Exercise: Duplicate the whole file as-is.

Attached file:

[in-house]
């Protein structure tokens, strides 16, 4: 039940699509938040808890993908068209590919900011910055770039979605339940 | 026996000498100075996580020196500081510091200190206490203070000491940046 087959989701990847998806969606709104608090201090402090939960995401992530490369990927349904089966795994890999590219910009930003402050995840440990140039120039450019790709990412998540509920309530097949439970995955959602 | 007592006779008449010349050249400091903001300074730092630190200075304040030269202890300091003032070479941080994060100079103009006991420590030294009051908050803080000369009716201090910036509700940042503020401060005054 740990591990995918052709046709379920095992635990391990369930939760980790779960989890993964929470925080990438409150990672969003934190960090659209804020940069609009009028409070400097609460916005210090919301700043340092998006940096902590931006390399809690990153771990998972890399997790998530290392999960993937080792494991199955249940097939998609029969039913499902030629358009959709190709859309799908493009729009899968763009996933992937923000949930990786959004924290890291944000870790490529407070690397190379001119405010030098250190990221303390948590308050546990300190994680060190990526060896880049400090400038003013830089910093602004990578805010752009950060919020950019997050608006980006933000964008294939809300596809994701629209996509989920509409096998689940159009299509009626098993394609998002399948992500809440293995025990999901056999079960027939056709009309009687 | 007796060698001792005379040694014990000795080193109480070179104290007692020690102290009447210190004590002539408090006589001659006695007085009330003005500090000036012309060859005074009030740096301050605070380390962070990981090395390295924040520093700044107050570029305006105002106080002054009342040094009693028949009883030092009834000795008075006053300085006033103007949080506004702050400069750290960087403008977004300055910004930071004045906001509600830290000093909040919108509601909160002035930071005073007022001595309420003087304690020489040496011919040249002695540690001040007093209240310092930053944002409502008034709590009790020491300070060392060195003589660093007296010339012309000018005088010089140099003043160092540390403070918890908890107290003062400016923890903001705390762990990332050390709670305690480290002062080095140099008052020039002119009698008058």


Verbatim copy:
[in-house]
């Protein structure tokens, strides 16, 4: 039940699509938040808890993908068209590919900011910055770039979605339940 | 026996000498100075996580020196500081510091200190206490203070000491940046 087959989701990847998806969606709104608090201090402090939960995401992530490369990927349904089966795994890999590219910009930003402050995840440990140039120039450019790709990412998540509920309530097949439970995955959602 | 007592006779008449010349050249400091903001300074730092630190200075304040030269202890300091003032070479941080994060100079103009006991420590030294009051908050803080000369009716201090910036509700940042503020401060005054 740990591990995918052709046709379920095992635990391990369930939760980790779960989890993964929470925080990438409150990672969003934190960090659209804020940069609009009028409070400097609460916005210090919301700043340092998006940096902590931006390399809690990153771990998972890399997790998530290392999960993937080792494991199955249940097939998609029969039913499902030629358009959709190709859309799908493009729009899968763009996933992937923000949930990786959004924290890291944000870790490529407070690397190379001119405010030098250190990221303390948590308050546990300190994680060190990526060896880049400090400038003013830089910093602004990578805010752009950060919020950019997050608006980006933000964008294939809300596809994701629209996509989920509409096998689940159009299509009626098993394609998002399948992500809440293995025990999901056999079960027939056709009309009687 | 007796060698001792005379040694014990000795080193109480070179104290007692020690102290009447210190004590002539408090006589001659006695007085009330003005500090000036012309060859005074009030740096301050605070380390962070990981090395390295924040520093700044107050570029305006105002106080002054009342040094009693028949009883030092009834000795008075006053300085006033103007949080506004702050400069750290960087403008977004300055910004930071004045906001509600830290000093909040919108509601909160002035930071005073007022001595309420003087304690020489040496011919040249002695540690001040007093209240310092930053944002409502008034709590009790020491300070060392060195003589660093007296010339012309000018005088010089140099003043160092540390403070918890908890107290003062400016923890903001705390762990990332050390709670305690480290002062080095140099008052020039002119009698008058």